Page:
The same is true of education. The overall goals of education are a shared mission that we democratically agree on. But the details of school curricula should be determined by educational and topic experts. This does not mean that parents are not involved. In the US education is regulated at the very local level. This starts at the State level, and then gets more local from there, down to individual schools. Parents have a great deal of power influencing the quality and content of their local schools – but they should not be micromanaging content. It also does not seem either democratic or prudent to allow single parents to have a veto on curriculum content because of their personal ideology or preferences. This is a recipe for the most radical and ideology voices to meddle in public education to an unfair and destructive degree.

Florida has opened the floodgates to exactly this kind of meddling, leading to a rash of book banning, usually under the guise of protecting children from age-inappropriate content, but often transparently just pushing their own ideological agenda.

This raises another question. First, parents always have the ability and the right to teach their children whatever they want at home. They can take them to church, involve them in community activities, and otherwise exert whatever control they wish over their ideological environment. Does this level of control also have to extend to public schools? This is actually an interesting ethical question – should parents have the right to completely shield their children from exposure to ideas the parents don’t like? At some point, can this be considered intellectual neglect or abuse? We don’t let parents not school their children at all, so that seems to be acknowledgement that the state has some legitimate interest in childhood education that trumps parental rights.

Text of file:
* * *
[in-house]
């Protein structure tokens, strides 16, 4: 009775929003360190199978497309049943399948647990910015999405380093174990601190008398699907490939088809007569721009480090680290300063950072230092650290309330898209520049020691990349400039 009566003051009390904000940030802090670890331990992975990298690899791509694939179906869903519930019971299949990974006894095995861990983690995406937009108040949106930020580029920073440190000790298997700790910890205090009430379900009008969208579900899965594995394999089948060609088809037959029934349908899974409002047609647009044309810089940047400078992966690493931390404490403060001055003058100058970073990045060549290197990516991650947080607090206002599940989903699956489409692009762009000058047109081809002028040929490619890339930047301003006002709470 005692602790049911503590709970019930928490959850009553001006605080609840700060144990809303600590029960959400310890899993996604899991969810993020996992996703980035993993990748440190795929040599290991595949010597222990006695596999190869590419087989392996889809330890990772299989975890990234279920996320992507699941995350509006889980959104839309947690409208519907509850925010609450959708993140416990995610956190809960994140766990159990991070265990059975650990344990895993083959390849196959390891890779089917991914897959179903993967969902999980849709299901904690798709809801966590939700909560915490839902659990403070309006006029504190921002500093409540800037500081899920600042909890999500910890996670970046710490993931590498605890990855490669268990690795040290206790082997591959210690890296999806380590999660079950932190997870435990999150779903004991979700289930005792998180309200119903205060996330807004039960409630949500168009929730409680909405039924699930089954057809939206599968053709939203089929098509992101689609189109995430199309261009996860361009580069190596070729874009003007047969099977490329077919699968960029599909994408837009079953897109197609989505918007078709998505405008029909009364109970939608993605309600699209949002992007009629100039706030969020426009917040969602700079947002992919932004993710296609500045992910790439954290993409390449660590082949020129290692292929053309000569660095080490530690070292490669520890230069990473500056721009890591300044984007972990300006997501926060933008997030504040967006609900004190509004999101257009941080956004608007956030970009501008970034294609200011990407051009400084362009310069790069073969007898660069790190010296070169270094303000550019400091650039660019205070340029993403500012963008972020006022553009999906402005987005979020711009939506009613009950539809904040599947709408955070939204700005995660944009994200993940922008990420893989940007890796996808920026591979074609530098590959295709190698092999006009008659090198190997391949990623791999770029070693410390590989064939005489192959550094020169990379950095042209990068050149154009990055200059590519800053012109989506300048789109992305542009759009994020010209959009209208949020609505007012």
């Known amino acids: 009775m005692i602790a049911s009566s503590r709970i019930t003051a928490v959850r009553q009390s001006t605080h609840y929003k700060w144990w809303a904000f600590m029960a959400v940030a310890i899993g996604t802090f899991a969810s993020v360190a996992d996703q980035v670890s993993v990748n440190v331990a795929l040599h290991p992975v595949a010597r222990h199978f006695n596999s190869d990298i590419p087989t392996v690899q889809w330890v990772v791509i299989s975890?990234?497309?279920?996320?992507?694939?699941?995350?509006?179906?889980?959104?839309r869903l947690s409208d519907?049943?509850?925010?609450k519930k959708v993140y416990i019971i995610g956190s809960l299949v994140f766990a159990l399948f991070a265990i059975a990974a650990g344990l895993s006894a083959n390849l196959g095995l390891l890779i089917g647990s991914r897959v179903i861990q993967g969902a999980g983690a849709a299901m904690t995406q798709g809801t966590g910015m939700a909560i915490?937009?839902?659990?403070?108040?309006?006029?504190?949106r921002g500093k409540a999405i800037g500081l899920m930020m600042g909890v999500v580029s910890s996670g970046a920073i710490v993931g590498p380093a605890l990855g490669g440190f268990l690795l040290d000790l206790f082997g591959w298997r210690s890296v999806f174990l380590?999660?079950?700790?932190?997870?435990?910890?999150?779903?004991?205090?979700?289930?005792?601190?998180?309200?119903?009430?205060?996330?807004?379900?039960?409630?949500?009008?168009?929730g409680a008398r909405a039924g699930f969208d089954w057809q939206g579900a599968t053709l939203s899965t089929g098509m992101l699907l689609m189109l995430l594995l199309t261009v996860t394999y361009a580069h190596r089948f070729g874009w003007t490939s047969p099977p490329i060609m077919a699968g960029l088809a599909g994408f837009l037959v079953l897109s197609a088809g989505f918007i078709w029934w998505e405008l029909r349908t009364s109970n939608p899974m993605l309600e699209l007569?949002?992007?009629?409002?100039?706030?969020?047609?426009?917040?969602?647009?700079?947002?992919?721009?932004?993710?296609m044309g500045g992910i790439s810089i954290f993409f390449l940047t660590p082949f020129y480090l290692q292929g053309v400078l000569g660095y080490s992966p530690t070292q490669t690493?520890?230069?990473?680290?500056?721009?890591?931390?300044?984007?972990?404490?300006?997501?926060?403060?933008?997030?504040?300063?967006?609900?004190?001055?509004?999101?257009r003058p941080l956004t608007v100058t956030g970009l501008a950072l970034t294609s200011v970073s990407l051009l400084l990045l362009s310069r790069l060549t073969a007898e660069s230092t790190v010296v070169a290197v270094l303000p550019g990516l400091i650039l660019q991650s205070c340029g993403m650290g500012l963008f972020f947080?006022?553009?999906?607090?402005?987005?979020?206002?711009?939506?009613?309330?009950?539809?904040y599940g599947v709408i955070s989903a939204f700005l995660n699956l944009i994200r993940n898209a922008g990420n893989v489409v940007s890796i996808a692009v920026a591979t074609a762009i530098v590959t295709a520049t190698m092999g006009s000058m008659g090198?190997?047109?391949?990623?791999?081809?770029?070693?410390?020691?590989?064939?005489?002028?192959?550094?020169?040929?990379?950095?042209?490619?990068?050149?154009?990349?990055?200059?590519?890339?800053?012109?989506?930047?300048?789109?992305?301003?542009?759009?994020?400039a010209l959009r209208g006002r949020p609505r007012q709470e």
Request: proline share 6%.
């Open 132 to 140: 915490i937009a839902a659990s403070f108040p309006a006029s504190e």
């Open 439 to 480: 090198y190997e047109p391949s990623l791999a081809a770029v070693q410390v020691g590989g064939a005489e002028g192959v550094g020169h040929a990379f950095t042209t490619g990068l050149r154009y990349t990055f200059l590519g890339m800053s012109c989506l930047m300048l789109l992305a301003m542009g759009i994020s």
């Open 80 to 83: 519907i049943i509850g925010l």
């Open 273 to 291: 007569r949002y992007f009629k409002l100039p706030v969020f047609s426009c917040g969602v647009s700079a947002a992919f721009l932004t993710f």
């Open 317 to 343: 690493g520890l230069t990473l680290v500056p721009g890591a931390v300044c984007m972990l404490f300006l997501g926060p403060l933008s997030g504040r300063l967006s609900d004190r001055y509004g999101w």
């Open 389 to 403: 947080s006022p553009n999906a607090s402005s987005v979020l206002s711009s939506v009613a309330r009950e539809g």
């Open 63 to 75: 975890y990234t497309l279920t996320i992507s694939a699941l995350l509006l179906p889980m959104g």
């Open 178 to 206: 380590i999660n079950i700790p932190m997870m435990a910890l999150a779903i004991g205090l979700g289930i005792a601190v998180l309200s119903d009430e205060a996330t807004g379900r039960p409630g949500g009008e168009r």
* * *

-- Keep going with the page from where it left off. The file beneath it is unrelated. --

An easier question is whether or not one parent has the right to shield all children from ideas that parent does not like – no.

This then leads to the notion that parents can always homeschool children or send them to private school. But this just kicks the ethical can down the road. What rights and responsibilities does the state have in ensuring that such non-public education is adequate? In the US accrediting private schools is completely voluntary. Further, many of the recognized accrediting organizations are themselves ideological (in the US usually Christian). Some popular Christian schools teach demonstrable pseudoscience. What is the responsibility of the state in such cases? It seems, for now, nothing.

In the end we need a thoughtful balance of parental rights, collective rights, and state responsibility. There will always be questions along the edges of these sometimes conflicting priorities. Those will have to be hammered out at school board meetings and state legislatures. But it seems right now the pendulum is swinging way too far in the direction of individual parental control, at the expense of the rights of other parents and their children, with a net negative effect for society. I don’t think this is in response to any thoughtful analysis of how best to balance these priorities, but rather seems to be a cynical political ploy. A backlash is starting to happen, but will require vigilance and effort.

The stakes remain high. Public education is a critical part of our society’s infrastructure, and we neglect it at our own peril.